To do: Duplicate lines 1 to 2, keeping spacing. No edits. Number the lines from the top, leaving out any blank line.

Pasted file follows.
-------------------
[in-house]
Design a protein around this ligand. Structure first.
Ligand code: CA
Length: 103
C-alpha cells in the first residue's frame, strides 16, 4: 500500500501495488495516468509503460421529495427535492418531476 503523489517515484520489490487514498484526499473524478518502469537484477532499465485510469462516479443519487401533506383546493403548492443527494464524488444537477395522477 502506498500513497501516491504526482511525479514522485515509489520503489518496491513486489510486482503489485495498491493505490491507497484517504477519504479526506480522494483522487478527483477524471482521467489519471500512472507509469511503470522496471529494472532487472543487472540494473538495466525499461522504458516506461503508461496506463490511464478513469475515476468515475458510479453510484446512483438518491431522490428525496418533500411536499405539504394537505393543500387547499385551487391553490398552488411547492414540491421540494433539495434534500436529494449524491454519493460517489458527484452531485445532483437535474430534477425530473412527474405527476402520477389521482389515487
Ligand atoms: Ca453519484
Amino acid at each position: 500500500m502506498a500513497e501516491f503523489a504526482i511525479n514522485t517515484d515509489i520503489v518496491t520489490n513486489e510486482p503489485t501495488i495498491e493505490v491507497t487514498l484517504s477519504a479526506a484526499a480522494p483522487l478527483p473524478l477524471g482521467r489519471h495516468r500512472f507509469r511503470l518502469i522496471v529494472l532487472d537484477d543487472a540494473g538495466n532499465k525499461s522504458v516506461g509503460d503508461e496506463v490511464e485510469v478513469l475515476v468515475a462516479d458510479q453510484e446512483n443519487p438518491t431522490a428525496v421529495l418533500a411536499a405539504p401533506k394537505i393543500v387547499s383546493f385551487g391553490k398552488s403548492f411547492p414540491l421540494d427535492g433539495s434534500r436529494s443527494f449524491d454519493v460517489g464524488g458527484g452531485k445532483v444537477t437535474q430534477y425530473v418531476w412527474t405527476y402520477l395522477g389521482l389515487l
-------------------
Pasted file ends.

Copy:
[in-house]
Design a protein around this ligand. Structure first.